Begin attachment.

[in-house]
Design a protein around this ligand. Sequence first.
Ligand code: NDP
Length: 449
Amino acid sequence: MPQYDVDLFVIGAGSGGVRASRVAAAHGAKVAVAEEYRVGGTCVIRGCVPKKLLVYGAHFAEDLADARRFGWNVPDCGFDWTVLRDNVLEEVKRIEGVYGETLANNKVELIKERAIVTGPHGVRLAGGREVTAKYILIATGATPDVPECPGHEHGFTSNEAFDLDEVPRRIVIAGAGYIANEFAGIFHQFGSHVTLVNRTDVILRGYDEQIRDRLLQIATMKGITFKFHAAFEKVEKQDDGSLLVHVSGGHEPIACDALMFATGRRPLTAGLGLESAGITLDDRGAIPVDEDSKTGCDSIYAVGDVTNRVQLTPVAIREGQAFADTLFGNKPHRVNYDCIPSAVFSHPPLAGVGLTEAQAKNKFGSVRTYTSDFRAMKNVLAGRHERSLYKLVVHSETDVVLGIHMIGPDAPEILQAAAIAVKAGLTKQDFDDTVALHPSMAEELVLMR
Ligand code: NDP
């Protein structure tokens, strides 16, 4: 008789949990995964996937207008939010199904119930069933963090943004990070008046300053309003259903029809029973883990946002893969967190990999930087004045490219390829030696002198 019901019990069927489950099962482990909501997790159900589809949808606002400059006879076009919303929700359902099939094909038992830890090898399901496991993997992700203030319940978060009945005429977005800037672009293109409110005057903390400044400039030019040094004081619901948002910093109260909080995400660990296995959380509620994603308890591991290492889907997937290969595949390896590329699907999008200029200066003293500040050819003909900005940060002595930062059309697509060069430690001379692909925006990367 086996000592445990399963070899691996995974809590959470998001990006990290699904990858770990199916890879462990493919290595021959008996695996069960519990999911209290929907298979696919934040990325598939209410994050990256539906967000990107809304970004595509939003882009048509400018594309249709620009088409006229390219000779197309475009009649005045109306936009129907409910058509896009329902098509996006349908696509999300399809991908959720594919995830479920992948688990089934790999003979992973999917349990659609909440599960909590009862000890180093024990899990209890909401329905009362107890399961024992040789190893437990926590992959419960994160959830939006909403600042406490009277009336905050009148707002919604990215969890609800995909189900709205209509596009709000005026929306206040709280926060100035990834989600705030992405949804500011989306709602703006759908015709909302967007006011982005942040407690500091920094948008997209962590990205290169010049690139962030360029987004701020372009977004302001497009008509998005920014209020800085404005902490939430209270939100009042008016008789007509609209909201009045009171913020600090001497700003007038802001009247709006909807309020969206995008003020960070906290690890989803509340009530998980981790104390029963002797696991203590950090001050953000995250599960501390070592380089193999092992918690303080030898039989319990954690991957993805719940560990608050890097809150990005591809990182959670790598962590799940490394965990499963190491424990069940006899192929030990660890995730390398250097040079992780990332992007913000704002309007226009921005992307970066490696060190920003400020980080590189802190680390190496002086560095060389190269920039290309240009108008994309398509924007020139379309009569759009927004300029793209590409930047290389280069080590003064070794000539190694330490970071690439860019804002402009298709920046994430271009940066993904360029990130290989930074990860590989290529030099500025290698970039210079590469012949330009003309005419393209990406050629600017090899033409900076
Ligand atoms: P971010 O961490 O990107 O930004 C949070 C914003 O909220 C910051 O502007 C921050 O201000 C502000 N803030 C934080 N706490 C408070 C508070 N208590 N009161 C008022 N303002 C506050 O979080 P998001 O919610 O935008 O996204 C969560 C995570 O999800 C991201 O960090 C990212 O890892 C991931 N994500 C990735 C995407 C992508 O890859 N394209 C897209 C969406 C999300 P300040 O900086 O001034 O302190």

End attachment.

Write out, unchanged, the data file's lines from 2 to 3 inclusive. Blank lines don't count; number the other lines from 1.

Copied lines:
Design a protein around this ligand. Sequence first.
Ligand code: NDP